“Life has been unpredictable” - Cromer legend Andreas Yiasimi recalls his life so far
After his family had the chance to successfully open a Greek restaurant in Norfolk, Andreas Yiasimi was propelled into things he had never imagined possible. Speaking to Hayley Johnston, he recalls all the incredible and sometimes crazy times from the last 36 years
In a career spanning nearly 40 years, Andreas Yiasimi has been a restaurateur, performed for the BBC and taken photographs all over Norfolk.
It all started when his uncle told the family of a business opportunity in East Runton, just outside of Cromer.
And in 1980 the family, enticed by the famous Cromer crabs, moved up from East London to start their journey with the Constantia Cottage restaurant that would change Andreas's life forever.
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The long-standing and successful restaurant was a place where the children – Andreas and his four siblings – would perform their music to the guests.
It was a normal evening when a visit from Bob Barratt, a record producer for EMI, propelled the group, known as the Constantia Brothers, into stardom.
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Andreas, 54, said: 'We met Bob Barratt over 28 years ago in the restaurant, who came up to do something with the pier. We used to play to people in the restaurant and he thought it was pretty good. We gave him a record that we produced, he took it back and later we had a letter from him absolutely stripping us down. We then invited him for dinner at our house so he could tell us what we should do... The rest is history, as they say.'
During the peak of their success in the 90s, they featured on the Barrymore Show, performed on BBC Radio 2 and at the Blackpool Tower Ballroom.
Andreas, whose parents are Greek, said: 'The restaurant has offered us so much, everything has happened via it. We owe it, and the people of Norfolk, a lot. It was a completely bizarre 10-year period of gigging.'
The Constantia Brothers released various CDs, performed in three shows on Cromer Pier and even ended up being disqualified from the Cyprus Eurovision heats for having British passports.
After 10 years of performing, the group decided to call it quits to focus on starting families, while still doing occasional singing at the restaurant.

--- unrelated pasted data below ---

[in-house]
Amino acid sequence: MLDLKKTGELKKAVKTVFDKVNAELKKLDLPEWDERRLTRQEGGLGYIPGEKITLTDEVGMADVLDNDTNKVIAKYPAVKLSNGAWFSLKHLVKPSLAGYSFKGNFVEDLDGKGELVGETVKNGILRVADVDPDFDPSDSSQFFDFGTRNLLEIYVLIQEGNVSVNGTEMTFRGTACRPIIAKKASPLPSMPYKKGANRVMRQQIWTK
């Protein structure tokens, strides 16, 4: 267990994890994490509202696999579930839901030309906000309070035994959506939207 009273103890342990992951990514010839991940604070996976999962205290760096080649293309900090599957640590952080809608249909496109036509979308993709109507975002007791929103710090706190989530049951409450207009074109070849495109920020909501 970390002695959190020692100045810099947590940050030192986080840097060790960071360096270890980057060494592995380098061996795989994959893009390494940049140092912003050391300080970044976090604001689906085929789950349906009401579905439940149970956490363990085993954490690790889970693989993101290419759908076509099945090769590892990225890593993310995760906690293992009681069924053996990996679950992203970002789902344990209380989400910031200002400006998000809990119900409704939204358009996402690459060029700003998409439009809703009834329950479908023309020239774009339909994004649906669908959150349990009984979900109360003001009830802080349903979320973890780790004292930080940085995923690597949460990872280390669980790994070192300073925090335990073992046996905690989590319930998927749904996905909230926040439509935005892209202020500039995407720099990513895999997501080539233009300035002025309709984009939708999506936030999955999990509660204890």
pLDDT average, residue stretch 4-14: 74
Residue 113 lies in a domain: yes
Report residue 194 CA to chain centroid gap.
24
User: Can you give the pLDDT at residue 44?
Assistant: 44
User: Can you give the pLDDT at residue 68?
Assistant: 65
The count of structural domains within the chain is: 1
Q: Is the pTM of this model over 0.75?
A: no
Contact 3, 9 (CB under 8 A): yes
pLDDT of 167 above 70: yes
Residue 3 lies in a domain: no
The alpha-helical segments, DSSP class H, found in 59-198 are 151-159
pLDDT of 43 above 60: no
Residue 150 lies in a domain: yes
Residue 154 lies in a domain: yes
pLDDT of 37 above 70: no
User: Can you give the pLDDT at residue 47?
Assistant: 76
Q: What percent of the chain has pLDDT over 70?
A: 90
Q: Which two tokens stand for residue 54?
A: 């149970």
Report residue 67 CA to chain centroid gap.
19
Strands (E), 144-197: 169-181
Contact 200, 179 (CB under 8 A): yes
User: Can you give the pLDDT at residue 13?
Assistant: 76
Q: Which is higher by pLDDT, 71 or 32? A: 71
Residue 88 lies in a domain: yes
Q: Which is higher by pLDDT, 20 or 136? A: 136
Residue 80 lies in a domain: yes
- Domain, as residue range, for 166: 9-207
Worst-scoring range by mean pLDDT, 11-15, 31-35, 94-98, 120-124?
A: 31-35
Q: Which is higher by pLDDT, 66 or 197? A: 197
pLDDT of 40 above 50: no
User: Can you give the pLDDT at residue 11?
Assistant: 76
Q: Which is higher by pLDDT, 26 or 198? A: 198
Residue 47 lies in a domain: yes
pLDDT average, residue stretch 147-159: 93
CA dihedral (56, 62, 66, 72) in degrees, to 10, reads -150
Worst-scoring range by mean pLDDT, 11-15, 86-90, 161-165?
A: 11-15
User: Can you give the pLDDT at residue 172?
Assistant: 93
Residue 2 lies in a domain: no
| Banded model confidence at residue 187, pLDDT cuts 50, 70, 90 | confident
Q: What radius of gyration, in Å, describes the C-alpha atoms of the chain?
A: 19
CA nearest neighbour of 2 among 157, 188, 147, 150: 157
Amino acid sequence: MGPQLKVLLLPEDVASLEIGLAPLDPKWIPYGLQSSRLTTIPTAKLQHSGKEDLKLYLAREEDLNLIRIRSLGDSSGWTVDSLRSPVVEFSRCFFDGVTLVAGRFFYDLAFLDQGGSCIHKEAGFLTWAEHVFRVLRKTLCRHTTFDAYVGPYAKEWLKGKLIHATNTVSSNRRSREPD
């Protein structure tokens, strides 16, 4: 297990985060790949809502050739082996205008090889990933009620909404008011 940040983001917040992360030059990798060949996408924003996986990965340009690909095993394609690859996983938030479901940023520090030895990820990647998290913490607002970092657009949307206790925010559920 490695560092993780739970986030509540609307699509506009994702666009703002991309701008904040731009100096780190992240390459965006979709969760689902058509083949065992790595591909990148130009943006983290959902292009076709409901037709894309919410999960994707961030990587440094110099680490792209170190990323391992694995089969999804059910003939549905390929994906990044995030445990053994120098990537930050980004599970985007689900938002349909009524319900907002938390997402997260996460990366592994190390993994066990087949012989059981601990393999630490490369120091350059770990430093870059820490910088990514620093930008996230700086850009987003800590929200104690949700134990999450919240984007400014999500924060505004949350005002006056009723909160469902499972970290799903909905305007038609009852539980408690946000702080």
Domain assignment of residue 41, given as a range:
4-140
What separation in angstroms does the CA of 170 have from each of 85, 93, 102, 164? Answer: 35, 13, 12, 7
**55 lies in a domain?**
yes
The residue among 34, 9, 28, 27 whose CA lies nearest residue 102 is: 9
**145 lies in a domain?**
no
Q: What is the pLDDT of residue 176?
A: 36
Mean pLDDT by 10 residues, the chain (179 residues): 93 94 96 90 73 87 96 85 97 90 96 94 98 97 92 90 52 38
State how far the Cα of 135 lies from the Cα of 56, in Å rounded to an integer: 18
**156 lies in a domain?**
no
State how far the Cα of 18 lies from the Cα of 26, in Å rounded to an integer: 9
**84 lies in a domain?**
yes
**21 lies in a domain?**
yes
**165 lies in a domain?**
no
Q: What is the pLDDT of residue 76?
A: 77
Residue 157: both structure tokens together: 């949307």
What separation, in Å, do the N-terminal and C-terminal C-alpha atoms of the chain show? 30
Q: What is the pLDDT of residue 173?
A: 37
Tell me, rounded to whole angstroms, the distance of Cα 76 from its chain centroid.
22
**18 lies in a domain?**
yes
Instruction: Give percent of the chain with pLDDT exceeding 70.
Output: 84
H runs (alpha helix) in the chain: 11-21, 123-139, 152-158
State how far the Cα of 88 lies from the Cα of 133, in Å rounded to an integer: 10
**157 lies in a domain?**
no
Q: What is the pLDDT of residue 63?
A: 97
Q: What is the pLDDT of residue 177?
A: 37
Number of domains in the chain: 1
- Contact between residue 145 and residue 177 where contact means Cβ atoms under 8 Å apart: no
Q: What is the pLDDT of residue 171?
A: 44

Andreas, who has been married to wife Angela, 49, for more than 25 years and with two children, is the PR manager for the restaurant and promotes all their events.
He said: 'My most memorable events are when we do something for charity and help other people, you get tremendous satisfaction from that. When we do something that helps the community it's very rewarding.'
His work with the restaurant is combined with his love for photography, something he studied while in London.
He recalled: 'My first experience with photography was in junior school, we went on an outing to Cutty Sark and I laid on the ground to take a picture of it and it came out really nice. I was shooting into the sun and the rays hit the boat and it dispersed and created this, by total fluke, amazing picture and I thought 'I'm good at this and want to get into it'.'
His early photographs in London were so good that they made their way into Whitechapel Art Gallery.
Since then he has been a prominent figure around north Norfolk taking photos at many events across the region, along with his own service at weddings and other occasions.
He has also been a commissioned photographer for the EDP's sister paper, the North Norfolk News.
His work features on his website, Norfolk Gem Magazine, which also contains positive news stories from within the community.
He said: 'It's a glorified blog – it's for my love of the town and I wanted to take it a step further and make it look like a magazine. It's a platform for me to express myself, it's a happy thing. It's just me and if I've got a story I'll put it out there.'
Twenty years after performing with his siblings, Andreas took to the stage on his own to be a part of productions on the pier. He was in the chorus line-up for Oliver in 2014 and this year is taking part in Calamity Jane.
In a world away from the glitz of performing and promoting his family's restaurant, Andreas also has a role on North Norfolk District Council.
He was elected in 2013 as a Liberal Democratic councillor for the Cromer ward.
'It's just being yourself, trying your best for your community – it's just me but with a councillor title.
'We're very lucky here that we have great volunteers, Tony Shipp for example. We have many people that do things for the community, I'm really just an additional speck in the ocean to what these people do already. If I can use my title for the good then we've done something good.
'I'm passionate about our heritage and keeping our history. I'm passionate about seeing things keep going, like our carnival. The essence of our town is tourism – if we look after it and keep things like the Crab and Lobster festival, it's a very good thing. Let's keep things going.'
While some would boast about their achievements, Andreas remains a humble man who looks back on his memories with great fondness.
He said: 'The most memorable time for me was when my children were born, I think it changed my life, it enhanced and added colour to it.'
He added: 'Life has been unpredictable, unrehearsed, but it has been brilliant, and it's what you make of it.'